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Water level in glass flask

  1. Aug 16, 2010 #1
    itxx change lykk why water in glass flask first decrease then increase????replyy
     
    Last edited: Aug 16, 2010
  2. jcsd
  3. Aug 16, 2010 #2
    It helps control pouring.
    Imagine if it were the opposite, such as with a martini glass.
    Try to pour with that!

    Edit: Oh, I forgot! Also mixing. Probably more for that reason.
    Recall films of scientists swirling their mixture with such a flask.
     
    Last edited: Aug 16, 2010
  4. Aug 16, 2010 #3
    DUN U THNK
    may b it due to xpansion or sumthng lyk dat ???
    well i didnt got ur answer can u elaborate it ??
     
  5. Aug 16, 2010 #4
    it first decrease then increaseeee why soo ???/
     
  6. Aug 16, 2010 #5
    Are you talking about the shape of the glass, or, why the density of water is greater at the bottom than at the top?
     
  7. Aug 16, 2010 #6
    IV i knew d answer would i ask ??

    ques is whyy the level of water in glass flask first decreases then increases ???
     
  8. Aug 16, 2010 #7
    Are you talking about this?
    See attached pic.
     

    Attached Files:

  9. Aug 16, 2010 #8
    HEY LIsten
    suppose in glass flask dere is a water awlryte??
    den on heating d level ov water decreases first den increases??why dix happen ???whtx d reason behind dix ???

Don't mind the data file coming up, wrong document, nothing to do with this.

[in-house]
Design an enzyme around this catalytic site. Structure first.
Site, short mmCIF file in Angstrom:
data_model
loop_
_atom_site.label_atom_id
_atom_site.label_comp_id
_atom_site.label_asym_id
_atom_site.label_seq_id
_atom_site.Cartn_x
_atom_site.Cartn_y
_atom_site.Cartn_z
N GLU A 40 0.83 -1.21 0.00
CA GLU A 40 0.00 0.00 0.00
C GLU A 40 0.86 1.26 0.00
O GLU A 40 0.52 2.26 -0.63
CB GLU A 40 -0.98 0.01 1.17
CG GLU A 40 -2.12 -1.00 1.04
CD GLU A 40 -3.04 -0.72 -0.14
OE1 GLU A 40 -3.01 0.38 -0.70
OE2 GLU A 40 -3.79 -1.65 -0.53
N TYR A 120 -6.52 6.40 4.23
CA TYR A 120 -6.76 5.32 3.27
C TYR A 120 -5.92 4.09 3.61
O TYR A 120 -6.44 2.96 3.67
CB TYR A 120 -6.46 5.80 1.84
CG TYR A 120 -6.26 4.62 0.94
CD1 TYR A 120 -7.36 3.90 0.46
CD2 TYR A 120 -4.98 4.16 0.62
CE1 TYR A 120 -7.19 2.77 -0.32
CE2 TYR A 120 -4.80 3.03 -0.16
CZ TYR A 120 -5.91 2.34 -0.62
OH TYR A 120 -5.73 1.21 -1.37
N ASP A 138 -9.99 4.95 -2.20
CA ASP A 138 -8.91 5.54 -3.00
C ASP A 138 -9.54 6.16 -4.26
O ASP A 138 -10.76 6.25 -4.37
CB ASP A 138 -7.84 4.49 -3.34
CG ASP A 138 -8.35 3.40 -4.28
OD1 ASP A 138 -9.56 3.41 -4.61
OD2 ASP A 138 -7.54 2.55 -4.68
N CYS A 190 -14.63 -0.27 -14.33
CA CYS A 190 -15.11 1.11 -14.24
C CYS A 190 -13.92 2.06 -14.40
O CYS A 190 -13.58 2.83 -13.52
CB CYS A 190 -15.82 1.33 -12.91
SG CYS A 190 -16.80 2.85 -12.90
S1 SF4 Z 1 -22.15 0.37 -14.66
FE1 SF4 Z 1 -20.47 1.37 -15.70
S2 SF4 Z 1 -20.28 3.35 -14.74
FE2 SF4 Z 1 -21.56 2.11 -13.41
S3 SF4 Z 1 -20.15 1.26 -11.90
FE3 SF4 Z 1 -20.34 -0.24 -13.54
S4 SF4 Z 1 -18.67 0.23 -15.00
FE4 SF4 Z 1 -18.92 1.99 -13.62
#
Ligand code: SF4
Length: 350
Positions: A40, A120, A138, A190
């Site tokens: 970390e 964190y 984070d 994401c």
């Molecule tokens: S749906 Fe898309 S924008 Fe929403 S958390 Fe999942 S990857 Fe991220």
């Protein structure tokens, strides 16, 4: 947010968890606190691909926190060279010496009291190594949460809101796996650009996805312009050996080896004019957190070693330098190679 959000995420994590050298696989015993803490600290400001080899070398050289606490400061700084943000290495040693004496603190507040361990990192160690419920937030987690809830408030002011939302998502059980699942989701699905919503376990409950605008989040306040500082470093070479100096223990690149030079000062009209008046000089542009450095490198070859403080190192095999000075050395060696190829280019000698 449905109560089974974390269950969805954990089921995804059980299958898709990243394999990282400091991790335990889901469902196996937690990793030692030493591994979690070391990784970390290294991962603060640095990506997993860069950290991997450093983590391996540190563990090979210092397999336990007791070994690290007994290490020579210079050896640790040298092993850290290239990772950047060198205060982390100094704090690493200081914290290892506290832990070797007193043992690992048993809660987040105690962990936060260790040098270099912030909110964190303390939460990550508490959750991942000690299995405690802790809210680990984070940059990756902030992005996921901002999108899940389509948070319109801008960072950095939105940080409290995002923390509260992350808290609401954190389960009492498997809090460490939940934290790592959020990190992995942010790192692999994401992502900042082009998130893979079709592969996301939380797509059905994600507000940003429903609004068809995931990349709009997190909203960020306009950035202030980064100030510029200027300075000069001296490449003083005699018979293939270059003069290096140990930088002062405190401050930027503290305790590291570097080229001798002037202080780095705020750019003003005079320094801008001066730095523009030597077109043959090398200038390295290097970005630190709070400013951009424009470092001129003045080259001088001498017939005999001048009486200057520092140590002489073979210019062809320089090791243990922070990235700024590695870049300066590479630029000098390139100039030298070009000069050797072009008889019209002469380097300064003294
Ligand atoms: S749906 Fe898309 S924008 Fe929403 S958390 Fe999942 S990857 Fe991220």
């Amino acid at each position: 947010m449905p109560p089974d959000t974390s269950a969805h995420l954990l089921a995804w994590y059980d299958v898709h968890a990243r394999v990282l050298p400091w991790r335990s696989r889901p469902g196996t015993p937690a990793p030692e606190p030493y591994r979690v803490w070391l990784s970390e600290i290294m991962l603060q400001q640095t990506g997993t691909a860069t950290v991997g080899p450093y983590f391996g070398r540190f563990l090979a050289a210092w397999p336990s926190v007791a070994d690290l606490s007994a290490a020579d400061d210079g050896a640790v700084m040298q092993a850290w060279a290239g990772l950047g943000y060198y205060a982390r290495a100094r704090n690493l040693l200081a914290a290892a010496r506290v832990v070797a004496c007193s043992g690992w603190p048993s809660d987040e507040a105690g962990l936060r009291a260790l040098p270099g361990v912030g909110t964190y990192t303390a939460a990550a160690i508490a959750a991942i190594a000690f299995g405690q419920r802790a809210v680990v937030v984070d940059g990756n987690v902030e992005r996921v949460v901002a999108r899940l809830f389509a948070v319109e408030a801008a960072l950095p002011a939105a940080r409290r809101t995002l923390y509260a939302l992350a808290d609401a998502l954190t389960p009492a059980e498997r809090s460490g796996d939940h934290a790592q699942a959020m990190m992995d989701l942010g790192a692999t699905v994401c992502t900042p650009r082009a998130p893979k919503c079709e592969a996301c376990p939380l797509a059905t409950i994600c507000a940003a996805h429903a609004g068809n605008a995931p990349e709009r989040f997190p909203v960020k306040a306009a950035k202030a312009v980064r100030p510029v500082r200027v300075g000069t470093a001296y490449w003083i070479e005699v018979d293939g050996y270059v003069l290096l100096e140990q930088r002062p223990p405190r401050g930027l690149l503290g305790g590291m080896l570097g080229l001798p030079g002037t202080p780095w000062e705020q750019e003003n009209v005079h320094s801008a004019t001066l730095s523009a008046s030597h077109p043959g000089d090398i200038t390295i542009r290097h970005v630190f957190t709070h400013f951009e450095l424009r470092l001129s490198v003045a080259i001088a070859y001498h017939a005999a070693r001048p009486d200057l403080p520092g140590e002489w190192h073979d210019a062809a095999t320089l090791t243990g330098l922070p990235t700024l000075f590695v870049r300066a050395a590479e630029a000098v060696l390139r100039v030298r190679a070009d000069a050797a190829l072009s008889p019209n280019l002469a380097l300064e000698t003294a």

10. Aug 16, 2010 #9
    yeah ryte pic bt why water in glass flask decreases thn after tym it increases ??why so ??
     
  11. Aug 16, 2010 #10
    OK, now we're getting somewhere... assuming I can decrypt your language.

    Evaporation happens first(actually at all times), and the water level initially drops, but then something special happens: The water boils, which means there are a lot of air-pocket bubbles now in the water; expanding the water.
    So, it now appears that the water level is rising; quite substantially, sometimes "boiling over"

    Does this help, RabX ?
     
  12. Aug 17, 2010 #11
    YA UR ANS IS CLOSE
    ITX ANSWER IS WHEN V HEAT flask first d flask xpand den heat vll reach to liquid in flask n thus liquid vll xpand n increase ..
     
  13. Aug 17, 2010 #12
    well apart from that
    i have query in d problem of thermal expansion
    "THe coefficient of linear expansion ov glass is 9multiply 10 raise to power -6.if a specific gravity bottle holds 50.000cm3 at 15 Centigrade find its capacity at 25 degree centigrade???
     
  14. Aug 17, 2010 #13

    alxm

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    Per the https://www.physicsforums.com/showthread.php?t=414380":
    Write like a grown-up and people might answer your questions.
     
    Last edited by a moderator: Apr 25, 2017
  15. Aug 17, 2010 #14
    I'm sorry, but the OP's continual lack of basic communicative ability lends further response by me impossible.

    Before I leave this particular thread I must say this:

    I do not believe his communicative inability is due solely to text messaging linguistics.
    Rather, in my opinion, there is something more to this.
    I suspect a serious drug usage and an attempt to refine drug production.

    Just my opinion, could be wrong, but I can't further participate in this thread.

    Thanks, and good luck RabX
     
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